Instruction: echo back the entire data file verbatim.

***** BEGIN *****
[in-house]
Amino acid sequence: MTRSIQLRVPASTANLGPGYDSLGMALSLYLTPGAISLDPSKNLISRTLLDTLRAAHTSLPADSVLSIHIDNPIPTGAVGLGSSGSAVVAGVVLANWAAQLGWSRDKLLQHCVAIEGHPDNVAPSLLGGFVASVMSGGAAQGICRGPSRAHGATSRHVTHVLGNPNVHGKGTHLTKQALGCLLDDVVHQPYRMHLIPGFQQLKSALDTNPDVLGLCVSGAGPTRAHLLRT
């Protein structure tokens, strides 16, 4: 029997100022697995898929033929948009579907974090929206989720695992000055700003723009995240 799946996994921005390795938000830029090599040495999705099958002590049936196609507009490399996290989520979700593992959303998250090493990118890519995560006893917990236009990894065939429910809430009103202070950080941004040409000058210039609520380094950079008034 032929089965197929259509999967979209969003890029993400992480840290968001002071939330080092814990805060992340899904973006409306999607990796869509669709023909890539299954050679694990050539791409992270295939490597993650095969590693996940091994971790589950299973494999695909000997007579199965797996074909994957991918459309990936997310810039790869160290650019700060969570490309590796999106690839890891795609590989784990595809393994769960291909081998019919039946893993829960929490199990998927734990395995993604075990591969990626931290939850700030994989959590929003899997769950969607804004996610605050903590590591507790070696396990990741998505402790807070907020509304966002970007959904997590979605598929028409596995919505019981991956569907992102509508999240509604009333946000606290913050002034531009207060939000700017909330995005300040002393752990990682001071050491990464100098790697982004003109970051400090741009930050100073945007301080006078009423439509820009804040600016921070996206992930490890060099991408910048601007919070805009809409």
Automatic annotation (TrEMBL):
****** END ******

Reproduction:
[in-house]
Amino acid sequence: MTRSIQLRVPASTANLGPGYDSLGMALSLYLTPGAISLDPSKNLISRTLLDTLRAAHTSLPADSVLSIHIDNPIPTGAVGLGSSGSAVVAGVVLANWAAQLGWSRDKLLQHCVAIEGHPDNVAPSLLGGFVASVMSGGAAQGICRGPSRAHGATSRHVTHVLGNPNVHGKGTHLTKQALGCLLDDVVHQPYRMHLIPGFQQLKSALDTNPDVLGLCVSGAGPTRAHLLRT
């Protein structure tokens, strides 16, 4: 029997100022697995898929033929948009579907974090929206989720695992000055700003723009995240 799946996994921005390795938000830029090599040495999705099958002590049936196609507009490399996290989520979700593992959303998250090493990118890519995560006893917990236009990894065939429910809430009103202070950080941004040409000058210039609520380094950079008034 032929089965197929259509999967979209969003890029993400992480840290968001002071939330080092814990805060992340899904973006409306999607990796869509669709023909890539299954050679694990050539791409992270295939490597993650095969590693996940091994971790589950299973494999695909000997007579199965797996074909994957991918459309990936997310810039790869160290650019700060969570490309590796999106690839890891795609590989784990595809393994769960291909081998019919039946893993829960929490199990998927734990395995993604075990591969990626931290939850700030994989959590929003899997769950969607804004996610605050903590590591507790070696396990990741998505402790807070907020509304966002970007959904997590979605598929028409596995919505019981991956569907992102509508999240509604009333946000606290913050002034531009207060939000700017909330995005300040002393752990990682001071050491990464100098790697982004003109970051400090741009930050100073945007301080006078009423439509820009804040600016921070996206992930490890060099991408910048601007919070805009809409």
Automatic annotation (TrEMBL):